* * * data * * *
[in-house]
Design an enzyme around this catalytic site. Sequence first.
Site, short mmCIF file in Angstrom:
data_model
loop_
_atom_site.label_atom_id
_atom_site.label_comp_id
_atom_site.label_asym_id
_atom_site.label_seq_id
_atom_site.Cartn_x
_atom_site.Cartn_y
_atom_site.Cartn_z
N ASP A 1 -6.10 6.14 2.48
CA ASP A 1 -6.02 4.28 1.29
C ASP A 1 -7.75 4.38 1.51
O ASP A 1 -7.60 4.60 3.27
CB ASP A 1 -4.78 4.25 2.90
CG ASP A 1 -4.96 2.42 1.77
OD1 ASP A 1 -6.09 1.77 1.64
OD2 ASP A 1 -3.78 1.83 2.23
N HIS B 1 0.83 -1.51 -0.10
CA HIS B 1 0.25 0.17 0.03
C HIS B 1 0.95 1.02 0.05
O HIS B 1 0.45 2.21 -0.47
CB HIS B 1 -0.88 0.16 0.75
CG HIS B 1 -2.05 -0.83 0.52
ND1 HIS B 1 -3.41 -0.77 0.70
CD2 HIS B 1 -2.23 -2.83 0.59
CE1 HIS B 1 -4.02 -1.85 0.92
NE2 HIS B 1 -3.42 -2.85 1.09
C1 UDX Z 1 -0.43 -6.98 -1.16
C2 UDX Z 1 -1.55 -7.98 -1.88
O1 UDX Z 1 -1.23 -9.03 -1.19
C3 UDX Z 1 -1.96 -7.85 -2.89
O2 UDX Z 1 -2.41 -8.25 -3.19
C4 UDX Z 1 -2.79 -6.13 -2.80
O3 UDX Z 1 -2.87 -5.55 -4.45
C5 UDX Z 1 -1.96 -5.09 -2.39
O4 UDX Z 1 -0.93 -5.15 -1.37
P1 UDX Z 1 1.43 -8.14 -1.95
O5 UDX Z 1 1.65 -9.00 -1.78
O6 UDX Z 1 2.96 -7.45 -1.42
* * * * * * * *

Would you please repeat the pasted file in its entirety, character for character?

[in-house]
Design an enzyme around this catalytic site. Sequence first.
Site, short mmCIF file in Angstrom:
data_model
loop_
_atom_site.label_atom_id
_atom_site.label_comp_id
_atom_site.label_asym_id
_atom_site.label_seq_id
_atom_site.Cartn_x
_atom_site.Cartn_y
_atom_site.Cartn_z
N ASP A 1 -6.10 6.14 2.48
CA ASP A 1 -6.02 4.28 1.29
C ASP A 1 -7.75 4.38 1.51
O ASP A 1 -7.60 4.60 3.27
CB ASP A 1 -4.78 4.25 2.90
CG ASP A 1 -4.96 2.42 1.77
OD1 ASP A 1 -6.09 1.77 1.64
OD2 ASP A 1 -3.78 1.83 2.23
N HIS B 1 0.83 -1.51 -0.10
CA HIS B 1 0.25 0.17 0.03
C HIS B 1 0.95 1.02 0.05
O HIS B 1 0.45 2.21 -0.47
CB HIS B 1 -0.88 0.16 0.75
CG HIS B 1 -2.05 -0.83 0.52
ND1 HIS B 1 -3.41 -0.77 0.70
CD2 HIS B 1 -2.23 -2.83 0.59
CE1 HIS B 1 -4.02 -1.85 0.92
NE2 HIS B 1 -3.42 -2.85 1.09
C1 UDX Z 1 -0.43 -6.98 -1.16
C2 UDX Z 1 -1.55 -7.98 -1.88
O1 UDX Z 1 -1.23 -9.03 -1.19
C3 UDX Z 1 -1.96 -7.85 -2.89
O2 UDX Z 1 -2.41 -8.25 -3.19
C4 UDX Z 1 -2.79 -6.13 -2.80
O3 UDX Z 1 -2.87 -5.55 -4.45
C5 UDX Z 1 -1.96 -5.09 -2.39
O4 UDX Z 1 -0.93 -5.15 -1.37
P1 UDX Z 1 1.43 -8.14 -1.95
O5 UDX Z 1 1.65 -9.00 -1.78
O6 UDX Z 1 2.96 -7.45 -1.42